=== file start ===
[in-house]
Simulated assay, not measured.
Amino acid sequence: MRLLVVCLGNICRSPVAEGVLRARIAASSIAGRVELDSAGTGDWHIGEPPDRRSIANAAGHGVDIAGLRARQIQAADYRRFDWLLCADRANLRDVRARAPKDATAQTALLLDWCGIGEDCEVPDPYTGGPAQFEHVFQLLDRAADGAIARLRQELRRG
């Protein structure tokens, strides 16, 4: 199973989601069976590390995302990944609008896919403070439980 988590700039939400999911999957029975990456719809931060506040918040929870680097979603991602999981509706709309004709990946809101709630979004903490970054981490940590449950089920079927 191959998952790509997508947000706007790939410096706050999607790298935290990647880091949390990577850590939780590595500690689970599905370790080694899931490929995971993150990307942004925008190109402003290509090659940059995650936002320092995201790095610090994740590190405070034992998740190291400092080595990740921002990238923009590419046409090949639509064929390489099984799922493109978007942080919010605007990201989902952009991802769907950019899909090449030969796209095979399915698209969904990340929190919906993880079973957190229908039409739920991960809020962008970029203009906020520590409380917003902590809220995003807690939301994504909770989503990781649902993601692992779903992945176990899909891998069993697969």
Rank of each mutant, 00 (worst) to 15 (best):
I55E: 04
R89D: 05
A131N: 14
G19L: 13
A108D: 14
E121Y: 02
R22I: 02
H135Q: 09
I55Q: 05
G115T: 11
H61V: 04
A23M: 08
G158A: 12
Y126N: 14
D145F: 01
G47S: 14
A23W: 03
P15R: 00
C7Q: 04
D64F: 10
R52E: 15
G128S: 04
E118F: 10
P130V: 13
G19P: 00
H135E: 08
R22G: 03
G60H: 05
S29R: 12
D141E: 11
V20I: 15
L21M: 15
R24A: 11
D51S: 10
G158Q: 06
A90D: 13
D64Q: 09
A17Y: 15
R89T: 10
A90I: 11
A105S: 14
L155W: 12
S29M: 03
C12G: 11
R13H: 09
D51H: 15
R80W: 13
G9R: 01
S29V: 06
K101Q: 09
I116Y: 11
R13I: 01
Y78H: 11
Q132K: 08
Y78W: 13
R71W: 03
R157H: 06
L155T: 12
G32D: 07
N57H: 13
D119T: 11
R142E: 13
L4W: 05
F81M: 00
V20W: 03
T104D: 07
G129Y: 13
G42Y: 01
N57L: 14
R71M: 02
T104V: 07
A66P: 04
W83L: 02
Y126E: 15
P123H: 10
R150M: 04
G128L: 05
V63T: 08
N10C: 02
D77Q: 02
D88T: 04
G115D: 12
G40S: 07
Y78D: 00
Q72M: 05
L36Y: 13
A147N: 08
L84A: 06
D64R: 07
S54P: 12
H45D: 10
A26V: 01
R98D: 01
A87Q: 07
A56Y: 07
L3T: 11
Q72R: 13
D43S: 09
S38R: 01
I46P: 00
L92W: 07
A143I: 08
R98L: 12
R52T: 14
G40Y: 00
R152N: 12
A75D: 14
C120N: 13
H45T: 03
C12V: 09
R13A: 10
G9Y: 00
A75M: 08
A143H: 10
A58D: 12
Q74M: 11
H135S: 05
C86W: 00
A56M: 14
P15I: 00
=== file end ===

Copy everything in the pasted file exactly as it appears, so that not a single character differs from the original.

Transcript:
[in-house]
Simulated assay, not measured.
Amino acid sequence: MRLLVVCLGNICRSPVAEGVLRARIAASSIAGRVELDSAGTGDWHIGEPPDRRSIANAAGHGVDIAGLRARQIQAADYRRFDWLLCADRANLRDVRARAPKDATAQTALLLDWCGIGEDCEVPDPYTGGPAQFEHVFQLLDRAADGAIARLRQELRRG
């Protein structure tokens, strides 16, 4: 199973989601069976590390995302990944609008896919403070439980 988590700039939400999911999957029975990456719809931060506040918040929870680097979603991602999981509706709309004709990946809101709630979004903490970054981490940590449950089920079927 191959998952790509997508947000706007790939410096706050999607790298935290990647880091949390990577850590939780590595500690689970599905370790080694899931490929995971993150990307942004925008190109402003290509090659940059995650936002320092995201790095610090994740590190405070034992998740190291400092080595990740921002990238923009590419046409090949639509064929390489099984799922493109978007942080919010605007990201989902952009991802769907950019899909090449030969796209095979399915698209969904990340929190919906993880079973957190229908039409739920991960809020962008970029203009906020520590409380917003902590809220995003807690939301994504909770989503990781649902993601692992779903992945176990899909891998069993697969």
Rank of each mutant, 00 (worst) to 15 (best):
I55E: 04
R89D: 05
A131N: 14
G19L: 13
A108D: 14
E121Y: 02
R22I: 02
H135Q: 09
I55Q: 05
G115T: 11
H61V: 04
A23M: 08
G158A: 12
Y126N: 14
D145F: 01
G47S: 14
A23W: 03
P15R: 00
C7Q: 04
D64F: 10
R52E: 15
G128S: 04
E118F: 10
P130V: 13
G19P: 00
H135E: 08
R22G: 03
G60H: 05
S29R: 12
D141E: 11
V20I: 15
L21M: 15
R24A: 11
D51S: 10
G158Q: 06
A90D: 13
D64Q: 09
A17Y: 15
R89T: 10
A90I: 11
A105S: 14
L155W: 12
S29M: 03
C12G: 11
R13H: 09
D51H: 15
R80W: 13
G9R: 01
S29V: 06
K101Q: 09
I116Y: 11
R13I: 01
Y78H: 11
Q132K: 08
Y78W: 13
R71W: 03
R157H: 06
L155T: 12
G32D: 07
N57H: 13
D119T: 11
R142E: 13
L4W: 05
F81M: 00
V20W: 03
T104D: 07
G129Y: 13
G42Y: 01
N57L: 14
R71M: 02
T104V: 07
A66P: 04
W83L: 02
Y126E: 15
P123H: 10
R150M: 04
G128L: 05
V63T: 08
N10C: 02
D77Q: 02
D88T: 04
G115D: 12
G40S: 07
Y78D: 00
Q72M: 05
L36Y: 13
A147N: 08
L84A: 06
D64R: 07
S54P: 12
H45D: 10
A26V: 01
R98D: 01
A87Q: 07
A56Y: 07
L3T: 11
Q72R: 13
D43S: 09
S38R: 01
I46P: 00
L92W: 07
A143I: 08
R98L: 12
R52T: 14
G40Y: 00
R152N: 12
A75D: 14
C120N: 13
H45T: 03
C12V: 09
R13A: 10
G9Y: 00
A75M: 08
A143H: 10
A58D: 12
Q74M: 11
H135S: 05
C86W: 00
A56M: 14
P15I: 00